October 19, 2017

Living with bipolar requires patience and a lot of acceptance.

I hate antipsychotic and mood stabilizing medication. I hate the empty, zombie-like feeling. I hate the way it hurts my head. I hate how all the blood tests. I hate that it knocks me out so hard at night that I struggle to wake up for work the next morning. I hate that it might be permanently damaging my brain, but it’s still my only choice. I hate hate hate the meds.

So I’m not currently on medication.

For a few giddy days, as I transition off my dosage, I always have a moment where I think, “I feel so good with less of this shit in my body. I must not really have bipolar. If it gets bad again, I’ll just ask my general doctor for antidepressants…” and so on. Like, I can totally just be normal and pretend I don’t have a major mental illness.

I’m fully aware I might need to return to medication in the future.

For now, I am high functioning enough that I can manage my symptoms without medication. However, I watch my diet (I’m 120 lb., 5’8″ so it’s definitely not about weight loss) to make sure I’m eating healthy and regularly. I have a week night routine that I follow, no excuses, or sitting down after work or else I won’t go. I’m involved in multiple group activities that are naturally amazing at checking up on me if I miss even one night, which is necessary motivation to always go, no excuses. And my sleeping pattern is consistent, even on weekends, always at least 7 hours.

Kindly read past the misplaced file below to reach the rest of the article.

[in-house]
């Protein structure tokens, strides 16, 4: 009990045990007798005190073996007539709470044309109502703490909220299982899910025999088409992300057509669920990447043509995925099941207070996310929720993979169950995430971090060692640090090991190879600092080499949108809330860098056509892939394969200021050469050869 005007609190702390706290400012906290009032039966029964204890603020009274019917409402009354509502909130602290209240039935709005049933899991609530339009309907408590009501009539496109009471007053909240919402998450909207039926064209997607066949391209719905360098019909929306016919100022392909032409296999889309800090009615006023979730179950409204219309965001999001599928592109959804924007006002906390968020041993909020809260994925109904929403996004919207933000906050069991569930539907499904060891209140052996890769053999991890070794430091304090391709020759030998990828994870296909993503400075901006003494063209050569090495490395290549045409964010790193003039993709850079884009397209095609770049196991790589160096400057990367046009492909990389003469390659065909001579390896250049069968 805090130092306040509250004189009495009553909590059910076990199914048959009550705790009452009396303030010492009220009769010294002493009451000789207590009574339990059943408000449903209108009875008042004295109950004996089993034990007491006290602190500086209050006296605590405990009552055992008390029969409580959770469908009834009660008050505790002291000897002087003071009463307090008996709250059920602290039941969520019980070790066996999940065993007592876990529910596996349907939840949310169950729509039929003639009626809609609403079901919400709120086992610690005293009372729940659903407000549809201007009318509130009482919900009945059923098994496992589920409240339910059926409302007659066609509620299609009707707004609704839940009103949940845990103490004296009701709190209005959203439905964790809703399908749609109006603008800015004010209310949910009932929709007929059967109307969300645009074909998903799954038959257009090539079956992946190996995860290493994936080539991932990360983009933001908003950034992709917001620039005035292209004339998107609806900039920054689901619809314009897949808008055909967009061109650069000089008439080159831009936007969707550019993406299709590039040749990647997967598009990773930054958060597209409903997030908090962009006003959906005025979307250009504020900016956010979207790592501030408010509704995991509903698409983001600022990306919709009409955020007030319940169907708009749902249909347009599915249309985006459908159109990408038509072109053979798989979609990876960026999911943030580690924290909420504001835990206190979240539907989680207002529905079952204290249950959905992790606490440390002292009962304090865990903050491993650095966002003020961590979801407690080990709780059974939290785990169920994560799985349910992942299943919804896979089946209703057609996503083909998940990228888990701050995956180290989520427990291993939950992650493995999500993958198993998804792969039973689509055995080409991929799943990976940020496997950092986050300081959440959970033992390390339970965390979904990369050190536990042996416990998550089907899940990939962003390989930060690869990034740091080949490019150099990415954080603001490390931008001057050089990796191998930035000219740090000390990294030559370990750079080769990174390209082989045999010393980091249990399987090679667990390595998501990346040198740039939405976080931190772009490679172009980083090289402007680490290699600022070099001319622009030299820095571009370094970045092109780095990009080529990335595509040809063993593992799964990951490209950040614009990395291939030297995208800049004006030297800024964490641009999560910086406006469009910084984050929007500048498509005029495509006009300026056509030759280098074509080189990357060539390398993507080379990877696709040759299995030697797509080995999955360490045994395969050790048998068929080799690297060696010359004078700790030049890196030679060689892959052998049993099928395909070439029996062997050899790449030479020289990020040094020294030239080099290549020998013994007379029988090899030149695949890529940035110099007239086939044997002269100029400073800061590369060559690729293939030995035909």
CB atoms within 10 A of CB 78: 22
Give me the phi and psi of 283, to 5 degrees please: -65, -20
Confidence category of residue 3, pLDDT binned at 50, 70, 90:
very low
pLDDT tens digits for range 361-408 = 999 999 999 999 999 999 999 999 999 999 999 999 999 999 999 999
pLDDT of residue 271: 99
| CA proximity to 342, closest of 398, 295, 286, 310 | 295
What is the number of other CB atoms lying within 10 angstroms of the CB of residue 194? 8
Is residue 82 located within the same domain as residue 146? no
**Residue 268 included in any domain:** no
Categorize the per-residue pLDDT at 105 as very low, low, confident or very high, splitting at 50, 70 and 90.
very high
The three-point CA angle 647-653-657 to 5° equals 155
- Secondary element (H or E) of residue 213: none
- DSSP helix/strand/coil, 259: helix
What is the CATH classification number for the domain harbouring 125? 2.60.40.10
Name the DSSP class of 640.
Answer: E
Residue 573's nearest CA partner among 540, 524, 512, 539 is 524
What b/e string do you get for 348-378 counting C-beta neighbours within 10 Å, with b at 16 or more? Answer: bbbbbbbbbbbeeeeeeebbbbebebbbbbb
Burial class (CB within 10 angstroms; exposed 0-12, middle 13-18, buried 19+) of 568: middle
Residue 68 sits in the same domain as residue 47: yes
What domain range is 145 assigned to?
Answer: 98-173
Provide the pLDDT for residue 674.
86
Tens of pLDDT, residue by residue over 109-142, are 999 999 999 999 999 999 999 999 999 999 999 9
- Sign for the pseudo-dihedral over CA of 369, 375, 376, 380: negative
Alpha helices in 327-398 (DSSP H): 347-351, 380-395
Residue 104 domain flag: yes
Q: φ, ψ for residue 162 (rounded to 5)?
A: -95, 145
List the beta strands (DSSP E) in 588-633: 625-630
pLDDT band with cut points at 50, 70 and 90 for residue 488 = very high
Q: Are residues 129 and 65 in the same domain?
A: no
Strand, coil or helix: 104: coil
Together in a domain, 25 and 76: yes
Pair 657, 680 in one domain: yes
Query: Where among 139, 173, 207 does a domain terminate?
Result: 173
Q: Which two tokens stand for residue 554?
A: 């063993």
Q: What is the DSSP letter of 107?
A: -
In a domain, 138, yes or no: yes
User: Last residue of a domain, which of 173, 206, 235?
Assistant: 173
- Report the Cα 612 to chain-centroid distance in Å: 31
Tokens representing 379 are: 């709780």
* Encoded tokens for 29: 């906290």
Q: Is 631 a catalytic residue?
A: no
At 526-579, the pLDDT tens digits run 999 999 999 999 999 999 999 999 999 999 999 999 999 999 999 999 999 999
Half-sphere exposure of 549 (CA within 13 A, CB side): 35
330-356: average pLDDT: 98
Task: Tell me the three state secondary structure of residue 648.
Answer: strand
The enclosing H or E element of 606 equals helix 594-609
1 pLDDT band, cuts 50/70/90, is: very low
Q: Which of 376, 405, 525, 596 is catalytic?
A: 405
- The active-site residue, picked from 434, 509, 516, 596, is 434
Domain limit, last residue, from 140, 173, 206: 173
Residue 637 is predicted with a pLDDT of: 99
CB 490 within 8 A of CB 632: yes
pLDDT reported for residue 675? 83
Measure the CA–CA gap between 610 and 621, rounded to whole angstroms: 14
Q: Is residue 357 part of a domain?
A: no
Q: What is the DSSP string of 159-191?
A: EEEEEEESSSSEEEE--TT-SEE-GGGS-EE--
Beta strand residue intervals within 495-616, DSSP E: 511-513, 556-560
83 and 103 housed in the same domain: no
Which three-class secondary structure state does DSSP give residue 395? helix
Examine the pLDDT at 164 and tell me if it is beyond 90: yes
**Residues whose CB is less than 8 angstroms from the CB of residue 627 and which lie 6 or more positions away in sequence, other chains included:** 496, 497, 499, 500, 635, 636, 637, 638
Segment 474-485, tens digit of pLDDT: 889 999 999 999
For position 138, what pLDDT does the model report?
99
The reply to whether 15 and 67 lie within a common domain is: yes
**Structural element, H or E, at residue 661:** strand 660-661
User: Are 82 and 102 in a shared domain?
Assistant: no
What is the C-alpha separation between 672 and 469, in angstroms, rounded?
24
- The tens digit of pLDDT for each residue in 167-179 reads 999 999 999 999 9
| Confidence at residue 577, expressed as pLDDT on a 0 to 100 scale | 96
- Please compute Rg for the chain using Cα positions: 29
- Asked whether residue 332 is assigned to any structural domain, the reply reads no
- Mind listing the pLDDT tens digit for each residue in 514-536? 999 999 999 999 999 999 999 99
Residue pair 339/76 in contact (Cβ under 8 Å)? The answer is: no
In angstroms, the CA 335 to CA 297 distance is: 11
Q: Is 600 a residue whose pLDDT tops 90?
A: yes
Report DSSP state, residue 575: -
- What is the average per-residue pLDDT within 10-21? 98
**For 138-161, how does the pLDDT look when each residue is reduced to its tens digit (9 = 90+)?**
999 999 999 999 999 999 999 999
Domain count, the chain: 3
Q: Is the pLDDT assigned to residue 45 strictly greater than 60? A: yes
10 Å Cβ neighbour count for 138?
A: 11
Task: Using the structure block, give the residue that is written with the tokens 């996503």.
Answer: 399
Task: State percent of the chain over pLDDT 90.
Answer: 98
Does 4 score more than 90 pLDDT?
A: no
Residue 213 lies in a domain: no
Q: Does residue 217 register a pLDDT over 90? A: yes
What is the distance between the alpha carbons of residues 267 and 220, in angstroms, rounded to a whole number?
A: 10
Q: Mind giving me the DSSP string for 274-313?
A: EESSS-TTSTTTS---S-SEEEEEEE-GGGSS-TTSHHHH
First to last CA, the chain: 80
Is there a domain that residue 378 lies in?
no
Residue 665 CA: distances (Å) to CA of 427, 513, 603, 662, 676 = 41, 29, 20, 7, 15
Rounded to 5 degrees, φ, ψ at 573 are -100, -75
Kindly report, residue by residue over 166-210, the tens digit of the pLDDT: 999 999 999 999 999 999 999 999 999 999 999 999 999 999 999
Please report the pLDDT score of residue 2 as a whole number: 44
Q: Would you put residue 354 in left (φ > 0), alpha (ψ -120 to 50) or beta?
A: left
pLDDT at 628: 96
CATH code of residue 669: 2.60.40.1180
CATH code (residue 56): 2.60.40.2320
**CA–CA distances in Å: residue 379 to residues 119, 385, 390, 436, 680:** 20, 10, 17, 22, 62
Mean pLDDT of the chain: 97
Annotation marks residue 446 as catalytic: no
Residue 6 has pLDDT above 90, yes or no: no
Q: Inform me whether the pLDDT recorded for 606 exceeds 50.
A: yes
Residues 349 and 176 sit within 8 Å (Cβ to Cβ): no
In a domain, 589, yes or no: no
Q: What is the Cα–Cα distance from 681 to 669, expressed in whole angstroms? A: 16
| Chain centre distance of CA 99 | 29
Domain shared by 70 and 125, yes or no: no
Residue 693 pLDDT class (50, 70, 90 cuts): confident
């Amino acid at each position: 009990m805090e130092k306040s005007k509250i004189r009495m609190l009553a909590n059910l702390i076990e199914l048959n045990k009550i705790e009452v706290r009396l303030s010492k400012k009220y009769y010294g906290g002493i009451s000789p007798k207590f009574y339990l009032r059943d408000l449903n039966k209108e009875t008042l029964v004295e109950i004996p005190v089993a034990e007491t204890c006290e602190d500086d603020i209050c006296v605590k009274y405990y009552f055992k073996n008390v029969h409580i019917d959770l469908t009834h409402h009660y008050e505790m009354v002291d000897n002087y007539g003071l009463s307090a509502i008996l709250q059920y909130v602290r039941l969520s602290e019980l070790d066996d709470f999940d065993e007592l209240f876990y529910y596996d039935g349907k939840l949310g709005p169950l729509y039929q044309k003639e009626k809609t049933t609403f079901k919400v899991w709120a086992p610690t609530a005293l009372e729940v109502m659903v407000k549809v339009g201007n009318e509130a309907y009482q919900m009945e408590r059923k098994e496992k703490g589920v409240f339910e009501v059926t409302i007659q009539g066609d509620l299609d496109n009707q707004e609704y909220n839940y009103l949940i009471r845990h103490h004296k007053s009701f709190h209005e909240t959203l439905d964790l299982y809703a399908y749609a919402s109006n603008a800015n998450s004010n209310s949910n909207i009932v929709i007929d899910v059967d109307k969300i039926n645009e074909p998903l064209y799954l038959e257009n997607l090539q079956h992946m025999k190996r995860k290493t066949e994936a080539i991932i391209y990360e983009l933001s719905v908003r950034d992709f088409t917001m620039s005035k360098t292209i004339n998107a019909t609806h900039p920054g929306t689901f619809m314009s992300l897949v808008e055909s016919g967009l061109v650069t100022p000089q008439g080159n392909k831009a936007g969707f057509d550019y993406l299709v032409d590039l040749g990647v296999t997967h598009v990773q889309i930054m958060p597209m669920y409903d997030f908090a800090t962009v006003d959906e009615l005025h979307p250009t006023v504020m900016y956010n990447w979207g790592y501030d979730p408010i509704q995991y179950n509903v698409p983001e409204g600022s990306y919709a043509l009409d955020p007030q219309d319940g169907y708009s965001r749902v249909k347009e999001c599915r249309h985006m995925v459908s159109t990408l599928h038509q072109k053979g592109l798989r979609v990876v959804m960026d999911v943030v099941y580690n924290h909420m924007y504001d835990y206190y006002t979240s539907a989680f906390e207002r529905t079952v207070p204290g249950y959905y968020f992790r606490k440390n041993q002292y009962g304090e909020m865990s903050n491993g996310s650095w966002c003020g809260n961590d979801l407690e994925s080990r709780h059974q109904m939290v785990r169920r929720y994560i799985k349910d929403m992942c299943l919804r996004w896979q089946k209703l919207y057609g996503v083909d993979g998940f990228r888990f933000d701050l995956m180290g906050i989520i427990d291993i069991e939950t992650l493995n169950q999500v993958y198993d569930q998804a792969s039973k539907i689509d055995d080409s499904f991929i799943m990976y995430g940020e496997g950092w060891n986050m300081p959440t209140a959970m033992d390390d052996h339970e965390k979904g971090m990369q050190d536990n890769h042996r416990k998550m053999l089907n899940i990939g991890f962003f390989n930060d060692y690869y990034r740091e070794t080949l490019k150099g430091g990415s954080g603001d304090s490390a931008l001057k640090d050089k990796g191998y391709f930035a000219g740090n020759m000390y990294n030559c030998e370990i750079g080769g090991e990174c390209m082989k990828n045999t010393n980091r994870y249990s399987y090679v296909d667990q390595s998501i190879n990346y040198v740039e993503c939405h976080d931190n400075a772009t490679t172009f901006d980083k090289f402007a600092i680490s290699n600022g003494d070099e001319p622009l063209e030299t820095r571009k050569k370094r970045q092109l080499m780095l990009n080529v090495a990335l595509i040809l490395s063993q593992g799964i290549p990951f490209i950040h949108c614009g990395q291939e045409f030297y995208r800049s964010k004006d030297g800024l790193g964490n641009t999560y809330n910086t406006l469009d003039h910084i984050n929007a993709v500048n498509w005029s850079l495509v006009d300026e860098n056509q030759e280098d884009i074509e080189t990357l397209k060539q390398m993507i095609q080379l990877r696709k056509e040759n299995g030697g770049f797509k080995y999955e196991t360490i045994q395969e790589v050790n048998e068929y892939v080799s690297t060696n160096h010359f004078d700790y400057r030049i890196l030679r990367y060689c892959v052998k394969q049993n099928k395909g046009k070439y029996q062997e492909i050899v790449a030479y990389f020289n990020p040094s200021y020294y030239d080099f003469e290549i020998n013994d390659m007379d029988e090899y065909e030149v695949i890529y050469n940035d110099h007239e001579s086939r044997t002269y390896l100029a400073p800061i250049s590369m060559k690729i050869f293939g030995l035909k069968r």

It can be maddening to be so tightly wound into a schedule I don’t want to break. However, it’s equally as maddening to be on the medication. I’ve made the choice, and because I have the ability to, not take daily medication, and manage my symptoms through my own methods instead. I had a falling out with my last psychologist, and intend to move soon, so I’ve put the counselor search on the back burner for a bit, but will eventually need one within the next few months, just for check-ins.

My antipsychotics weren’t antidepressants, they weren’t taken to improve my mood. My medication simply evened out some of my depressive episodes so they weren’t that bad, but they were still present in my life. With that said, I don’t feel happy to not be taking my meds because I wasn’t happy while taking them.

I accept that I might someday have to start taking my medication again. I accept that I have bipolar and it’s extremely serious and important that I take care of myself and am careful of my actions.

I accept all of it.

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